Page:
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Telehealth Advocacy

Support telehealth after the COVID-19 pandemic

If you’re benefiting from the convenience of telehealth and would like it to remain as an option for how you see your health care providers after the COVID-19 pandemic, you can get involved in telehealth advocacy. Advocacy is nonpartisan political work that focuses on changing laws and regulations around telehealth to remove current barriers to widespread adoption. See some of the current policies below.

Current Telehealth Policies


The Centers of Medicare and Medicaid Services (CMS), the federal agency that administers Medicare, responded swiftly to the surge of telehealth utilization during the COVID-19 pandemic. Recent rule changes ensure that Medicare beneficiaries can continue to seek care through telehealth services during the pandemic.

The rules have substantially expanded health care services through telehealth and allow for a wider range of remote communication tools such as telephones or commercial video chat platforms like Zoom. 

Medicare beneficiaries are still responsible for deductibles and co-insurance costs but may have co-pays waived by providers for remote care.


Everyone has to get paid for the work they do, including the providers who take care of your health needs. For a large majority of Americans, health care providers are paid via insurance reimbursements. This means that medical care is provided first, then your doctor sends a bill of the services to your insurer to cover the costs.

For more efficient processing of the tens of millions of patients being treated each day, medical professionals rely on what are called Current Procedural Terminology (CPT) codes, short-handed numerical codes that indicate what treatment a doctor is billing for. 

There are more than 10,000 CPT codes that providers can refer to when billing, including a growing number of telehealth-related CPT codes. We anticipate that CPT codes for telehealth services will continue to become more detailed so that providers can more precisely bill for their services.

Out-of-pocket costs

The thought of out-of-pocket costs can be intimidating, especially because unlike other industries, you can’t just view a menu or a price list to find out the cost of treatment upfront. If you have health coverage, it is your insurance’s job to negotiate with your provider to settle on a final charge amount and pay a portion of this amount.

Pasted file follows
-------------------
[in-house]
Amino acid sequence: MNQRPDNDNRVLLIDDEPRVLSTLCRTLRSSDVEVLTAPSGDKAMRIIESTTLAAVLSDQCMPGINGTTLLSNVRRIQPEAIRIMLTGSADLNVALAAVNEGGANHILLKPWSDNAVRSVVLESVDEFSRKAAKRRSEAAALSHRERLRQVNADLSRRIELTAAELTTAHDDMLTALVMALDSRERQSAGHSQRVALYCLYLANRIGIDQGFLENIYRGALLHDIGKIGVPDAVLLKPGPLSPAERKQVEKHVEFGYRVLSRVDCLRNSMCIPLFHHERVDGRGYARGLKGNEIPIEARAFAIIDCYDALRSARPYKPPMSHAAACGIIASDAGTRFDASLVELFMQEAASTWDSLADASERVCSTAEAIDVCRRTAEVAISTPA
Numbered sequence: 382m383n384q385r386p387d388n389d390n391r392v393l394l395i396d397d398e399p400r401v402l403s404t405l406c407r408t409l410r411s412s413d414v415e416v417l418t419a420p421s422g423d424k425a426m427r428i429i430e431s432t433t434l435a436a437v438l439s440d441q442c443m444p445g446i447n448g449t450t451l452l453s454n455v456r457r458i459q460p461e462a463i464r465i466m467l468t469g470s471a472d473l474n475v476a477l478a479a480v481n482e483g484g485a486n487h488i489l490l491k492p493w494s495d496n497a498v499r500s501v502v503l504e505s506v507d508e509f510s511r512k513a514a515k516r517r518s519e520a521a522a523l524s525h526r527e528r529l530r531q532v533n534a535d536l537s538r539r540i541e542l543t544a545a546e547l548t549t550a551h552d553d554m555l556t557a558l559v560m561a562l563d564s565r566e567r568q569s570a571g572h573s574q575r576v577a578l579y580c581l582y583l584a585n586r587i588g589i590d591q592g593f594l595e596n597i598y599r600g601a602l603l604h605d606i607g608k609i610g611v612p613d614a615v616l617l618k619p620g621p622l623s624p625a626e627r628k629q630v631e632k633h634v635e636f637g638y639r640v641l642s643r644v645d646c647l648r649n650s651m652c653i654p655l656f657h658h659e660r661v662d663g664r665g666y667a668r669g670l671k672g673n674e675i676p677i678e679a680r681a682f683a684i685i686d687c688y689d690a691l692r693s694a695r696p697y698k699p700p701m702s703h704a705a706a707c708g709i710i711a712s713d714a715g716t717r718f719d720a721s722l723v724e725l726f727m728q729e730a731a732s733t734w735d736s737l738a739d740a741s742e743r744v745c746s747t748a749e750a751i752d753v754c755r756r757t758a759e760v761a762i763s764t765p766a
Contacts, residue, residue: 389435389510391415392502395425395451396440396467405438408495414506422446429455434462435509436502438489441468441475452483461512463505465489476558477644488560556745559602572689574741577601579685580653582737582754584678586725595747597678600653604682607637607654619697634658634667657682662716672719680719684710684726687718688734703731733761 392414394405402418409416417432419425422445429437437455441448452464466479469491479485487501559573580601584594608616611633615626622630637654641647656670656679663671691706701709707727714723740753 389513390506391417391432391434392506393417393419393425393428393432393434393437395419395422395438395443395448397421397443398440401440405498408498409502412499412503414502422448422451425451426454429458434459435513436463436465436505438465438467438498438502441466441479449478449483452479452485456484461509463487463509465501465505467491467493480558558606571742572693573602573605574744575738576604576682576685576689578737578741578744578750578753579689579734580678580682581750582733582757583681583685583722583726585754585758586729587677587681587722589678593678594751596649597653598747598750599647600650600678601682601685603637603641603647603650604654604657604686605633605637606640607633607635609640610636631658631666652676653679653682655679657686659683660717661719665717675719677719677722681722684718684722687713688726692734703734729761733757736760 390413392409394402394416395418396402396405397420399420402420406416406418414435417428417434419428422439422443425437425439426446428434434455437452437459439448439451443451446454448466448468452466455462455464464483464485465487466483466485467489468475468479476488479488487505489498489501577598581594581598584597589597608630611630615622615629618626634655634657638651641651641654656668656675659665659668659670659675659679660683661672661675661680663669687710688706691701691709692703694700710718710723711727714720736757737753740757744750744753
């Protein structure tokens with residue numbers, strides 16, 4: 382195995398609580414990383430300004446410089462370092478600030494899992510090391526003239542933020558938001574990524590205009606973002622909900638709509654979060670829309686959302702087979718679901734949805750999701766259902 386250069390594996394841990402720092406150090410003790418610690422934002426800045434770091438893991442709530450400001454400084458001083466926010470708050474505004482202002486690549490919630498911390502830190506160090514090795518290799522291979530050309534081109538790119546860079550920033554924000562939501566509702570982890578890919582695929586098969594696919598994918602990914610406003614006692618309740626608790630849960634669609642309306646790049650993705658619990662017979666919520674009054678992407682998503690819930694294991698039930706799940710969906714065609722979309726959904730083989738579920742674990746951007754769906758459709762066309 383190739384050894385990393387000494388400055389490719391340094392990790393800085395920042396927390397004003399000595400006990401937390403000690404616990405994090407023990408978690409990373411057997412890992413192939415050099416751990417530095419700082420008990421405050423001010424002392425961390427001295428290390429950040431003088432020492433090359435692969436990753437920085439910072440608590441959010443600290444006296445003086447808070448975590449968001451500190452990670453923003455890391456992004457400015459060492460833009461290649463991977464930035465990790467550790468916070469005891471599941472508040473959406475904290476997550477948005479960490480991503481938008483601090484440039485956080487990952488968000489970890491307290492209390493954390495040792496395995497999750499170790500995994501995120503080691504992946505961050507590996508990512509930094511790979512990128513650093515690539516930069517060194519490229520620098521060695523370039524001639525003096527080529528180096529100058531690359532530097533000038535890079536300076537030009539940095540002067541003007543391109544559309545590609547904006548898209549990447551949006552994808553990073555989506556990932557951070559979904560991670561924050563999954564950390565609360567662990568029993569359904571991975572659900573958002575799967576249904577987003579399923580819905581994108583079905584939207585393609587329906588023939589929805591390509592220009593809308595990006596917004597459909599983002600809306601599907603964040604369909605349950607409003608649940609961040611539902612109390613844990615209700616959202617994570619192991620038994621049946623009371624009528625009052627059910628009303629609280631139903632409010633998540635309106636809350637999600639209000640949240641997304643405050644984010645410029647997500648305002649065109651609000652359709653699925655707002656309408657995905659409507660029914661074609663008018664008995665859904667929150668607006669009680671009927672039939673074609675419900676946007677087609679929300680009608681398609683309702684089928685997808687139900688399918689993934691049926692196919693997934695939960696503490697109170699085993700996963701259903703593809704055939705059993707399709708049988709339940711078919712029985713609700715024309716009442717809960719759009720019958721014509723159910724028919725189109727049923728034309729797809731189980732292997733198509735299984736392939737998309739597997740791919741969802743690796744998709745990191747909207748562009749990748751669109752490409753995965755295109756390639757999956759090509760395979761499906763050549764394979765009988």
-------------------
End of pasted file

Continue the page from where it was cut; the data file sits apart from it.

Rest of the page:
Depending on the terms of your insurance coverage, the rest of the cost may fall on you in the form of out-of-pocket (OOP) costs including deductible, co-payment, or co-insurance.


HIPAA stands for the Health Insurance Portability and Accountability Act. HIPAA is a comprehensive patient protection law passed in 1996 which broadly focuses on patient privacy rights. Many people may still have concerns about privacy and security when it comes to telehealth.

Patients should be aware that HIPAA laws have been relaxed in terms of the type of technology and security requirements need to be met for telehealth platforms to allow for increased accessibility during the COVID-19 pandemic. In the meantime, you can bolster security on your end by taking a few simple measures like:

  • Installing anti-virus software on your computer
  • Making sure that your Wi-Fi connections are secure and password-protected
  • Using a Virtual Private Network (VPN) if you are using a wireless connection outside of your home (cellular data, public Wi-Fi) 

When you make your telehealth appointment be sure to ask your doctor’s office about what security measures they have in place to protect the privacy of their patients.

It’s easy to take action — join our 50 State Network today to become a patient advocate so that you can support telehealth expansion in your state.

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